Conditional fee agreements and human rights limitations

In the UK, the option of a ‘conditional fee agreement’ was introduced to compensate for a general reduction of legal aid.[1] Under this scheme, a lawyer represents a client upon the basis that, if the case is lost, either no fee or only a reduced fee is payable by the client. These conditional fees are linked to an ‘after-the-event insurance’, which would pay the adversarial party’s costs in the event of losing the case.[2]

A drawback of this system is that the losing parties have to pay considerable compensation for the litigation, as well as the lawyers’ fees and the insurance premium. This has generated criticism of the enforceability of conditional fee agreements and has even been seen as potentially conflicting with human rights.[3] For example, in the recent case of MGNLimited v The United Kingdom the European Court of Human Rights ruled that the conditional fee agreement regime, in which the loser is liable for the success fees of their opponent’s legal costs, breaches the applicant’s right to freedom of expression.[4] It held in particular that ‘the requirement that the applicant pay success fees to the claimant was disproportionate having regard to the legitimate aims sought to be achieved and exceeded even the broad margin of appreciation accorded to the Government in such matters’.[5] Therefore, the Court decided that there was a violation of Article 10 ECHR.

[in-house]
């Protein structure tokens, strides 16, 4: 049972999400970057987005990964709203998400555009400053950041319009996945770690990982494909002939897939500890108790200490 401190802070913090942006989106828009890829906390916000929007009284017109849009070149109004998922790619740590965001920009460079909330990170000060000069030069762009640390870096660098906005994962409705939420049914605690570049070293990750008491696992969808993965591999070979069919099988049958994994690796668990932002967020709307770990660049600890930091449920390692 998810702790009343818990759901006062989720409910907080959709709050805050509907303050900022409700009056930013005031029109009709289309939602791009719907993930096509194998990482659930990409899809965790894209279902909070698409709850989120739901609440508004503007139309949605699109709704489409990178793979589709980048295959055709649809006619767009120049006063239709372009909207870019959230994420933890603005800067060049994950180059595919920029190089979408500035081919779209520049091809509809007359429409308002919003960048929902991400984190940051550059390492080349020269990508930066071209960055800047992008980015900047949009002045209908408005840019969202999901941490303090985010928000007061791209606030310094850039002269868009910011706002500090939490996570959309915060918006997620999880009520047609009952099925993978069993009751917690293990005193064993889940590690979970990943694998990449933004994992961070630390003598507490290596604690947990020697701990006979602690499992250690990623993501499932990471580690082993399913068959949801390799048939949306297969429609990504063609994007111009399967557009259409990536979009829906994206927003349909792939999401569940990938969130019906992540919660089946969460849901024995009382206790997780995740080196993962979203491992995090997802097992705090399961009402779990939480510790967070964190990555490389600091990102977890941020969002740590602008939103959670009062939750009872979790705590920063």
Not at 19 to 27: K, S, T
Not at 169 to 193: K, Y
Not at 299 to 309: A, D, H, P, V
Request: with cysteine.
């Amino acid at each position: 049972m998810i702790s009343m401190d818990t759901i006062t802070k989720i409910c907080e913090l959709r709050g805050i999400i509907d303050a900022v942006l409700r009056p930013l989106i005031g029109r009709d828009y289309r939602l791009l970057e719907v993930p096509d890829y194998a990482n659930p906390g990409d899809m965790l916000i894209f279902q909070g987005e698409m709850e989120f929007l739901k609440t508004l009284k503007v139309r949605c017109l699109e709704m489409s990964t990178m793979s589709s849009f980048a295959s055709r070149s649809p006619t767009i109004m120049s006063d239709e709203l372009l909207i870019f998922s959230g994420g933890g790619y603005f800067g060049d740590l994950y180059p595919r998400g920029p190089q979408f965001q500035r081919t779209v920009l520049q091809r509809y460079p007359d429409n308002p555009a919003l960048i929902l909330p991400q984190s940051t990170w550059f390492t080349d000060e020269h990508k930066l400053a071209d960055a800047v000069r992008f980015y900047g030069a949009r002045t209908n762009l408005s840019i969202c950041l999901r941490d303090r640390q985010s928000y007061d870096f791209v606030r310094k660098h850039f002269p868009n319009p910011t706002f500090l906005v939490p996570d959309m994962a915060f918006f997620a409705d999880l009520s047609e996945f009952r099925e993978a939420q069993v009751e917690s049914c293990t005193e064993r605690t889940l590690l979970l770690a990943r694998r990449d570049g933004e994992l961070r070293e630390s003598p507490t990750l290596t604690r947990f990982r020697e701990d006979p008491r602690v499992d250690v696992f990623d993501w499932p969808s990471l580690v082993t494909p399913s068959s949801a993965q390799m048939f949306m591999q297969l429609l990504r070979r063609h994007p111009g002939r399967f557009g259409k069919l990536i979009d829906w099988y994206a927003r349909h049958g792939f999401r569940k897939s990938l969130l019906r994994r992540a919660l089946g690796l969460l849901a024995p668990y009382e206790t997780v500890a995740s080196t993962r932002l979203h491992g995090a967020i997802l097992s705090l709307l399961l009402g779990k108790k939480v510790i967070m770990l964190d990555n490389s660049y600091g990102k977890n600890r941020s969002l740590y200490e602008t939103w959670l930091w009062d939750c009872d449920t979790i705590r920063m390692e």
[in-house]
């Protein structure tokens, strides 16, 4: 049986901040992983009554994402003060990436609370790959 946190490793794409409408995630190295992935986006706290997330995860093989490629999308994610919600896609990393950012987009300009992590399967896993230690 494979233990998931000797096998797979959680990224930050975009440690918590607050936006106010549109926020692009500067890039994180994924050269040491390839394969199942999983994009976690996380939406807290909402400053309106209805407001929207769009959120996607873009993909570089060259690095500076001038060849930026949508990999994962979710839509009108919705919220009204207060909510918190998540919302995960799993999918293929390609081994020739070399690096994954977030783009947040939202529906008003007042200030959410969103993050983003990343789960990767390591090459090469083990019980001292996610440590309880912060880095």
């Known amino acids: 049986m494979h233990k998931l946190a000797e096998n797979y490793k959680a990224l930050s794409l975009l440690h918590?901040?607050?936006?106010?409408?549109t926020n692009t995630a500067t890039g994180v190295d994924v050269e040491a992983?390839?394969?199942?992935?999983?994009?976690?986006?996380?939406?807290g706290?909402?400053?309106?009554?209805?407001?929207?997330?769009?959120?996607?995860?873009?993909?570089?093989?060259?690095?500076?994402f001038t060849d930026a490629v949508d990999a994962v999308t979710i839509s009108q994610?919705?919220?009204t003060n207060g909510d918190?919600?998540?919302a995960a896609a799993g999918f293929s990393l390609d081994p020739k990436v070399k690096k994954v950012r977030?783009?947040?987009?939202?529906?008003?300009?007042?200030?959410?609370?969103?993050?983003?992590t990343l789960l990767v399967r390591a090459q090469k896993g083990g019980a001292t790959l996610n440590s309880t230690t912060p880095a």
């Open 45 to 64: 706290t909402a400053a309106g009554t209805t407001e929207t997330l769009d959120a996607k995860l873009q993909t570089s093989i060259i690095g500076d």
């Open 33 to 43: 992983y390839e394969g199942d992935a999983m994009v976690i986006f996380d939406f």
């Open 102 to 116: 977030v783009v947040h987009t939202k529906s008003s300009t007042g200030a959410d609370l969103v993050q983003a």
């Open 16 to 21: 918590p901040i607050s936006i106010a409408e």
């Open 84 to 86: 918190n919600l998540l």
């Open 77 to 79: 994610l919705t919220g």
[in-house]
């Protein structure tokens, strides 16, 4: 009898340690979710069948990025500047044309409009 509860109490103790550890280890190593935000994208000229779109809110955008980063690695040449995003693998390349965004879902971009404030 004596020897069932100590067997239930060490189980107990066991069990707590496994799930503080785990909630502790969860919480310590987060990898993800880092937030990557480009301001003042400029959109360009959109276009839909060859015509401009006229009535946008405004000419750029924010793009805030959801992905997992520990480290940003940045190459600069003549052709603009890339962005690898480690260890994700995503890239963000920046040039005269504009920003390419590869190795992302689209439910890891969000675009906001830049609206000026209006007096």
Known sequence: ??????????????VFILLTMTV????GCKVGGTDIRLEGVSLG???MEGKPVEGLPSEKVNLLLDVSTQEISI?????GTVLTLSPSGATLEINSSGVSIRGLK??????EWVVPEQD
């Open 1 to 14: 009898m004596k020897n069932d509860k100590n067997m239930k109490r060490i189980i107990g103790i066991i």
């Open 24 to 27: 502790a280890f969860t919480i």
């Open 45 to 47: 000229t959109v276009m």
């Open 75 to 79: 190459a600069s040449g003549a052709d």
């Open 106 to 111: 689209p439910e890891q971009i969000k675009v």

• [1] Section 58 of the Courts and Legal Services Act1990 in the UK.
  • [2] As litigants are often unable to fund the insurance premiums the solicitor sometimes fundsthe premium, or a loan is obtained from a bank.
  • [3] On average, lawyers charge between 25 and 50% of the damages awarded to the client; see theCivil Justice Council Report in the UK, Improved Access to Justice, Funding Options and ProportionateCosts (n 148), Appendices, fnn 26 et seq.
  • [4] ECtHR, Case MGN Ltd v United Kingdom, App. no. 39401/04 [2011] ECHR 66, Judgmentof 18January 2011.
  • [5] ECtHR, Case MGNLtd v United Kingdom, App. no. 39401/04 [2011] ECHR 66, Judgmentof 18 January 2011, para. 219.
 
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